In our latest dilemma, Chris Achillea, UK Head of Compliance at Integral, UK, explains how quality managers can encourage senior teams to take ownership and more responsibility for their management system(s).
The QMS manager for a national service delivery organisation has scheduled a formal quarterly management review meeting for the senior team to attend. The senior team comprises of operational and functional heads that represent the top management of the organisation.
Within the calendar invite an agenda and the pre-work for all participants was cited and included a requirement for everyone to bring relevant inputs and data from their departments to discuss at the meeting. These inputs include, but are not limited to, the key risks and challenges within the division, customer feedback, and changes underway within each department.
Multiple reminders were sent to all attendees in the lead up to the meeting along with a note to send delegated representatives in the event that the original invitees are unable to attend.
On the day of the meeting, multiple invitees did not attend and had not offered a delegated representative to attend in their place. Others that were in attendance had not completed the necessary preparation for discussion at the review, stating that it’s the quality manager’s role to provide the information for the management review meeting and to make sure that the management system works.
With a number of issues to contend with, what could have been done to prevent this problem from occurring?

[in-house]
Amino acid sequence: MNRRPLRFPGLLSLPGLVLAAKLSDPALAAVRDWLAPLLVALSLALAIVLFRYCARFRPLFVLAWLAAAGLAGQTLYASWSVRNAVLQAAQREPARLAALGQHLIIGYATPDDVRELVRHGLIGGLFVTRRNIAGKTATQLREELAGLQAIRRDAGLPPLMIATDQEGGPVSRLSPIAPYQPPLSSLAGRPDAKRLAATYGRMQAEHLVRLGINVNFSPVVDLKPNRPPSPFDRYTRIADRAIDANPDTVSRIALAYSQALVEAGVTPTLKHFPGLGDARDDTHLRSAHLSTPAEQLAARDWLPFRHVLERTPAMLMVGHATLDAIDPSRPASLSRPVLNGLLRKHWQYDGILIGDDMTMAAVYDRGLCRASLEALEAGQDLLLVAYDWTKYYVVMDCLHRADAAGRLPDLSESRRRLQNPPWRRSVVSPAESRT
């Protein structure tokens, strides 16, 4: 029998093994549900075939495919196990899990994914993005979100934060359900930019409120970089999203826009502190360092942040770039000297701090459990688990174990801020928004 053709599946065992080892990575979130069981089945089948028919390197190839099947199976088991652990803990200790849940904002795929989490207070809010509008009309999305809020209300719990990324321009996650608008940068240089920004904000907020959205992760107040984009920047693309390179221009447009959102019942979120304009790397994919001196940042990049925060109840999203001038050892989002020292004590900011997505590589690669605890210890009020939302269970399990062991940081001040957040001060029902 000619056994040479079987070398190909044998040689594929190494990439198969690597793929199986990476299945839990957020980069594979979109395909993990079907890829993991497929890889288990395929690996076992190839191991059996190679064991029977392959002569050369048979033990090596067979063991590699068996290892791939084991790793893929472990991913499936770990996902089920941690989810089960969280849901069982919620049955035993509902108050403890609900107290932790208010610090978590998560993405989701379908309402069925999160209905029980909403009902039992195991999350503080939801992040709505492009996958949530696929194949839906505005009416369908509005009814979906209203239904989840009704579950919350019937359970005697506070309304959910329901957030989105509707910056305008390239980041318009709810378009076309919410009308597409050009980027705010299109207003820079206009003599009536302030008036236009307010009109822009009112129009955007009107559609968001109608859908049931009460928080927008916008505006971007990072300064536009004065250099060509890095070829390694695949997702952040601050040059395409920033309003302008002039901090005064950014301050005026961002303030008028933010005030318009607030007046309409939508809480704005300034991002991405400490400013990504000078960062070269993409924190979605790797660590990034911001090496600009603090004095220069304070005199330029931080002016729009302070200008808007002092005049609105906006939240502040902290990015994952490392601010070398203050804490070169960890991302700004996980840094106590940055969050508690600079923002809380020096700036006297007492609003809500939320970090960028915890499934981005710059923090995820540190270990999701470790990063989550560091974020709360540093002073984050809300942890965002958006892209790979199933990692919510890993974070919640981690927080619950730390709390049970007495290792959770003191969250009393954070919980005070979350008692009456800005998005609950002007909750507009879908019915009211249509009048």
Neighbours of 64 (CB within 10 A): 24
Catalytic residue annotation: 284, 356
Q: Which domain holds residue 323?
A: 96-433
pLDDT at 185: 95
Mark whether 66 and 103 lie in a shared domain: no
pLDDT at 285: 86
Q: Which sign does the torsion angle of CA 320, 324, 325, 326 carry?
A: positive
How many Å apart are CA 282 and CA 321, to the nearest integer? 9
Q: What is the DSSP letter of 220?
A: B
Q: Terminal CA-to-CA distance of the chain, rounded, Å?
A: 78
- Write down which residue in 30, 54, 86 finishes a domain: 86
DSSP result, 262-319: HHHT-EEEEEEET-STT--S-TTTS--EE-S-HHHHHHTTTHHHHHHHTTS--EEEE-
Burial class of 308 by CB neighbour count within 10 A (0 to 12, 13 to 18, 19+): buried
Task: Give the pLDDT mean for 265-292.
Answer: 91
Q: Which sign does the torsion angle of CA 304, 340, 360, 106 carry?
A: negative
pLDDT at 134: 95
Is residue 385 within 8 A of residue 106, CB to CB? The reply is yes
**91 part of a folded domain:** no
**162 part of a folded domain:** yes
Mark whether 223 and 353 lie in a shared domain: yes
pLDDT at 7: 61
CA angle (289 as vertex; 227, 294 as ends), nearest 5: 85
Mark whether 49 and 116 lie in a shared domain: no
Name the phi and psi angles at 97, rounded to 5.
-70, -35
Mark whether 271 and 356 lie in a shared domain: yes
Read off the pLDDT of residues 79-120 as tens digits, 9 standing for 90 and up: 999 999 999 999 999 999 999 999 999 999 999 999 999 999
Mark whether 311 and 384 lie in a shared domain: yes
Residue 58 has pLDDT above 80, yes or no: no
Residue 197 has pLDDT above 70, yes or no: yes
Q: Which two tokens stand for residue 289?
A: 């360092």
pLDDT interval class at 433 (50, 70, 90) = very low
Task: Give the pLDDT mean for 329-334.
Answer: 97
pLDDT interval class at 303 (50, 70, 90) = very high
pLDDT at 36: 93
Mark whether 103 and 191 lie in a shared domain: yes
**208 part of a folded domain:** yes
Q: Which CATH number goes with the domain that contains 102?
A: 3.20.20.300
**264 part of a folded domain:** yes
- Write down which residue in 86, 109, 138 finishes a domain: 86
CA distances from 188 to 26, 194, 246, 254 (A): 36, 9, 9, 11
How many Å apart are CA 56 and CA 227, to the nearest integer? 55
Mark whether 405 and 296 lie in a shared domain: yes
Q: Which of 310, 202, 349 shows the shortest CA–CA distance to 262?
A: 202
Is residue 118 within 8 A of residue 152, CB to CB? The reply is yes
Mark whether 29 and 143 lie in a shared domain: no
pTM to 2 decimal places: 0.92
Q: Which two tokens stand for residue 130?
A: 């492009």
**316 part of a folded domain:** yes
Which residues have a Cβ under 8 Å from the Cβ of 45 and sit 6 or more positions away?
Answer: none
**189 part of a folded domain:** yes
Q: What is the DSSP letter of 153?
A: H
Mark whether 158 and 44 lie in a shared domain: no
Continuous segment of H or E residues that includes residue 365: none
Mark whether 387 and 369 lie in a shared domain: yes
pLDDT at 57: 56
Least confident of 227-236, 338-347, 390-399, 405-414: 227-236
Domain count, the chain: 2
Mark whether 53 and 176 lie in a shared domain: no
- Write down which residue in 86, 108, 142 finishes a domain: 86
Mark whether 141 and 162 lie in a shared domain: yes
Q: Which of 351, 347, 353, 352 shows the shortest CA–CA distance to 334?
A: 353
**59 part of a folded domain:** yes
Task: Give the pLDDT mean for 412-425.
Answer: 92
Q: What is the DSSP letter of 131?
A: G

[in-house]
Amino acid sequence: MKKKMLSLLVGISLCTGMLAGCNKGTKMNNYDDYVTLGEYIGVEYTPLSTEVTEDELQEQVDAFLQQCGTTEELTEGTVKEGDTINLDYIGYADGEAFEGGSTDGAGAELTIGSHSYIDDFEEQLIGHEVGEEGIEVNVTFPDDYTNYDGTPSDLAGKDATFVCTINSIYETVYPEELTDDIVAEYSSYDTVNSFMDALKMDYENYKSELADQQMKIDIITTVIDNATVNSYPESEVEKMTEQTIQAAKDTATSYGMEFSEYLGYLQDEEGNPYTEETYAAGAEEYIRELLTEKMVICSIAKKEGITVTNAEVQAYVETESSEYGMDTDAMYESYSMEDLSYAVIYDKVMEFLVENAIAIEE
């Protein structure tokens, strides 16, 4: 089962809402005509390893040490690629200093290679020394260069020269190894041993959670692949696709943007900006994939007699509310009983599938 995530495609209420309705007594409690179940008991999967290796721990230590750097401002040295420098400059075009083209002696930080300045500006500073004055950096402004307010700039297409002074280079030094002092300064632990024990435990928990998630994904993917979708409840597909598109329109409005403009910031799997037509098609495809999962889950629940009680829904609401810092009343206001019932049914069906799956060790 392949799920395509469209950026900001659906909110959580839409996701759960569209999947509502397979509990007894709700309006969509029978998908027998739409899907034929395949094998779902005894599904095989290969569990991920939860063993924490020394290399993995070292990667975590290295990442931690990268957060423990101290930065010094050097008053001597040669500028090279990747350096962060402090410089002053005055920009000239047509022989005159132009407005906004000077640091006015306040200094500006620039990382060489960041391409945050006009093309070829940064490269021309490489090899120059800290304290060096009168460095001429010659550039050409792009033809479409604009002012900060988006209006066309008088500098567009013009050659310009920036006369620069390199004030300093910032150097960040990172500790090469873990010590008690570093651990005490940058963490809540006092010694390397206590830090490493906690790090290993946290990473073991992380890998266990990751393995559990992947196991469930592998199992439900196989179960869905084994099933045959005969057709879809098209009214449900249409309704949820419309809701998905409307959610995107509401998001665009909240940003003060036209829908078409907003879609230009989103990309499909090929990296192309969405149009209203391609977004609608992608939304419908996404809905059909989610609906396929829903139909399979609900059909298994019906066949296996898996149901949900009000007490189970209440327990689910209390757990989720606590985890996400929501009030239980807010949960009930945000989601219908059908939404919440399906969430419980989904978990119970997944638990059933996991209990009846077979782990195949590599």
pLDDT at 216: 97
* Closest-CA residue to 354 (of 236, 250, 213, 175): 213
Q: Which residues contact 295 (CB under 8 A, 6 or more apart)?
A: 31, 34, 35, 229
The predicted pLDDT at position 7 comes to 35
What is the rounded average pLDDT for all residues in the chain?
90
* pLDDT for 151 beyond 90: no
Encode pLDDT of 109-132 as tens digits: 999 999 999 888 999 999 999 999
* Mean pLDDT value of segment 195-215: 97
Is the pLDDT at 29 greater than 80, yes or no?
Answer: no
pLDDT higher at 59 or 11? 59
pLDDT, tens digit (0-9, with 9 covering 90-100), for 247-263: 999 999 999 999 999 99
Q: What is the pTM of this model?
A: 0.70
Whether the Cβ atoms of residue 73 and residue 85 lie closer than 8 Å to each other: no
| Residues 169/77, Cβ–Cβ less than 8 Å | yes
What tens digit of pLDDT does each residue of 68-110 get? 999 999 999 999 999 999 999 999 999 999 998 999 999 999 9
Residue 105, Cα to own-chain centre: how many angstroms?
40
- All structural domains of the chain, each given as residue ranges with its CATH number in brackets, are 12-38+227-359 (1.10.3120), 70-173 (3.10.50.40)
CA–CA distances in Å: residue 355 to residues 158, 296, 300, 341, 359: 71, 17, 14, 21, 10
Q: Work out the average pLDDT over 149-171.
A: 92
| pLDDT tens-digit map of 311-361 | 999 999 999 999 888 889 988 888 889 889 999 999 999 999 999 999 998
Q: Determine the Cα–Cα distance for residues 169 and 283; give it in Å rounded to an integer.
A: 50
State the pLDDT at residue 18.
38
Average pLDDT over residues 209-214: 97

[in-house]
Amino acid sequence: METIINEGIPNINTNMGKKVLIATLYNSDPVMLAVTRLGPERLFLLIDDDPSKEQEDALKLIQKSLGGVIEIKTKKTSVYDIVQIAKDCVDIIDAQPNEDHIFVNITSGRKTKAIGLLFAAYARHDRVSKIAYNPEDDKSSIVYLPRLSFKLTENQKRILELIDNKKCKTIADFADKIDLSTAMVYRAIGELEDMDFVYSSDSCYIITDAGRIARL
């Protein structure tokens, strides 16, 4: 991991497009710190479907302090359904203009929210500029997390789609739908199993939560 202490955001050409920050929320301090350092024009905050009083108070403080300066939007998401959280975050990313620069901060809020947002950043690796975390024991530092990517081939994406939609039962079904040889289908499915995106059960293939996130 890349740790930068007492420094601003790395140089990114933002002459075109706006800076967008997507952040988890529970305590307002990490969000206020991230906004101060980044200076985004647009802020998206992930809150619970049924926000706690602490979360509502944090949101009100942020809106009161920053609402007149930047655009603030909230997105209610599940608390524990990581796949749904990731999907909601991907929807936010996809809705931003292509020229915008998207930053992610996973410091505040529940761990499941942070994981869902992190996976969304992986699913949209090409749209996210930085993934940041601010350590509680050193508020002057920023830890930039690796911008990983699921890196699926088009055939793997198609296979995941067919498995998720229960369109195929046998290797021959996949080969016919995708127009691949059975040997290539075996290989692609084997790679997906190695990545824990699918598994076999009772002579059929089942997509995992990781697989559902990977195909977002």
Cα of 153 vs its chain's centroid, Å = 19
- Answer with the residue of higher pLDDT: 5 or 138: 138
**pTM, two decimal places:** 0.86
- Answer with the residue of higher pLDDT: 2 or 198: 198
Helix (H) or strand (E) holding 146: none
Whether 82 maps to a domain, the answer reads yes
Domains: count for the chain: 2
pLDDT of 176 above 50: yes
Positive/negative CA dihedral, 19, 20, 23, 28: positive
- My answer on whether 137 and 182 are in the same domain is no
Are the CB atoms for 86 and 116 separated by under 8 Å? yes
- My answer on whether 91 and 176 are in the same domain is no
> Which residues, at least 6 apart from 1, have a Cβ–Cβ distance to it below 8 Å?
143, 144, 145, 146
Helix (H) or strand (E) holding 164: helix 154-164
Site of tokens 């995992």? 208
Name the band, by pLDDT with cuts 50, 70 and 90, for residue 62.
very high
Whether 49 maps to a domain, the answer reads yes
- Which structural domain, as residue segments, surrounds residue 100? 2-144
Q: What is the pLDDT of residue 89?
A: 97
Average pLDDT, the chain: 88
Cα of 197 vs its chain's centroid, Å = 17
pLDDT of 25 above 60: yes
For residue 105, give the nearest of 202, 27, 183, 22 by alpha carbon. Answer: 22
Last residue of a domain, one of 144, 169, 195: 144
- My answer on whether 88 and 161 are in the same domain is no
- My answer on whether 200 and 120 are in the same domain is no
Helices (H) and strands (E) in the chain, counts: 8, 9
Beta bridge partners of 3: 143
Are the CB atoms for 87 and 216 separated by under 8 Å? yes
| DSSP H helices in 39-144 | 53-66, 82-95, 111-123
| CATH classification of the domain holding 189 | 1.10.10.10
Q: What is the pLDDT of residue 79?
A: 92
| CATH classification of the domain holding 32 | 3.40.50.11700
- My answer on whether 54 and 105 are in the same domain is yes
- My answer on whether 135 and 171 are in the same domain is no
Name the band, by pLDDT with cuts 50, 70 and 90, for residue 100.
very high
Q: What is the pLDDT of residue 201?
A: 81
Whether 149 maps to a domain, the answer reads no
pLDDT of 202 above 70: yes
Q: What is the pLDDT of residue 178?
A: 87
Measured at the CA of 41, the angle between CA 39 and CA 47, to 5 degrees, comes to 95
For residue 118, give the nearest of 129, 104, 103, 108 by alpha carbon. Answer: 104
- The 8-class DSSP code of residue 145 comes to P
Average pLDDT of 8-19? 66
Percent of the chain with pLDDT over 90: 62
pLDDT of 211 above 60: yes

The effectiveness and responsibility of the management system is dependent on all individuals within the organisation. Top management are required to actively lead and take accountability for the effectiveness of the management system. Clause 5 of the ISO 9001:2015 standard (and other ISO standards in accordance with the high-level structure) states the requirements of top management in the context of the management system.
There are several different approaches the quality manager can take on this. Firstly, it’s important to understand why individuals in the senior team do not believe it’s part of their role to provide input to the management review meeting (and wider management system).
It may be that the senior team are not aware of their obligations to the management system. As such, the quality manager could hold a policy review meeting with the senior team to support them to understand what obligations they are required to both commit to and lead. If non-attendance is an issue, it could be held by video/conference call, or a bulletin outlining their obligations and why this is important.
Beyond the obligations of the senior team, there is also understanding the benefit that the management system brings to the organisation and why a management review is a critical part of this. As such, revisiting the benefits that the management system brings to the organisation with the senior team could support the transition from lack of ownership to actively leading.
In progressing the above, the quality manager could also approach a senior leader that supports and actively leads the management system to act as a sponsor for this. With a senior sponsor supporting the quality manager, the opportunity to ‘bring others around the table’ may become more prominent.
A management system has leadership as a requirement at its core. Without active and engaged leadership, achieving an effective management system is an incredibly challenging task.
Attribute to original publisher/ publishing organization: Chris Achillea, UK Head of Compliance at Integral, UK, https://www.quality.org/knowledge/lack-of-engagement-from-top-management